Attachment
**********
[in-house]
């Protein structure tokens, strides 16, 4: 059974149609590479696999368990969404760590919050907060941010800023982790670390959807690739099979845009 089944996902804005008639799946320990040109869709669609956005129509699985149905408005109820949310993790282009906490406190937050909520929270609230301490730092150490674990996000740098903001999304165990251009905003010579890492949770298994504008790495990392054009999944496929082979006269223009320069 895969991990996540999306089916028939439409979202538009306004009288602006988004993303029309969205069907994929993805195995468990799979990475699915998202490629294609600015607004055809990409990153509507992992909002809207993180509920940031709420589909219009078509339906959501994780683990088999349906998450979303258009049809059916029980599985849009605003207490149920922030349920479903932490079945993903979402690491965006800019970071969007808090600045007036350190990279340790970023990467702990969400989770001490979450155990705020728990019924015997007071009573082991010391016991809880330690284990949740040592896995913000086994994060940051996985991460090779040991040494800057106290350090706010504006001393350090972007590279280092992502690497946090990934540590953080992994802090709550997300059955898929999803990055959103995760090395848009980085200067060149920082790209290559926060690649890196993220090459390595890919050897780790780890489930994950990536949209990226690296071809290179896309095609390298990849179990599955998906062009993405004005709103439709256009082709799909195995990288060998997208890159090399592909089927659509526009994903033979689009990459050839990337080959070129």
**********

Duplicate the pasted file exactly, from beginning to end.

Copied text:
[in-house]
């Protein structure tokens, strides 16, 4: 059974149609590479696999368990969404760590919050907060941010800023982790670390959807690739099979845009 089944996902804005008639799946320990040109869709669609956005129509699985149905408005109820949310993790282009906490406190937050909520929270609230301490730092150490674990996000740098903001999304165990251009905003010579890492949770298994504008790495990392054009999944496929082979006269223009320069 895969991990996540999306089916028939439409979202538009306004009288602006988004993303029309969205069907994929993805195995468990799979990475699915998202490629294609600015607004055809990409990153509507992992909002809207993180509920940031709420589909219009078509339906959501994780683990088999349906998450979303258009049809059916029980599985849009605003207490149920922030349920479903932490079945993903979402690491965006800019970071969007808090600045007036350190990279340790970023990467702990969400989770001490979450155990705020728990019924015997007071009573082991010391016991809880330690284990949740040592896995913000086994994060940051996985991460090779040991040494800057106290350090706010504006001393350090972007590279280092992502690497946090990934540590953080992994802090709550997300059955898929999803990055959103995760090395848009980085200067060149920082790209290559926060690649890196993220090459390595890919050897780790780890489930994950990536949209990226690296071809290179896309095609390298990849179990599955998906062009993405004005709103439709256009082709799909195995990288060998997208890159090399592909089927659509526009994903033979689009990459050839990337080959070129």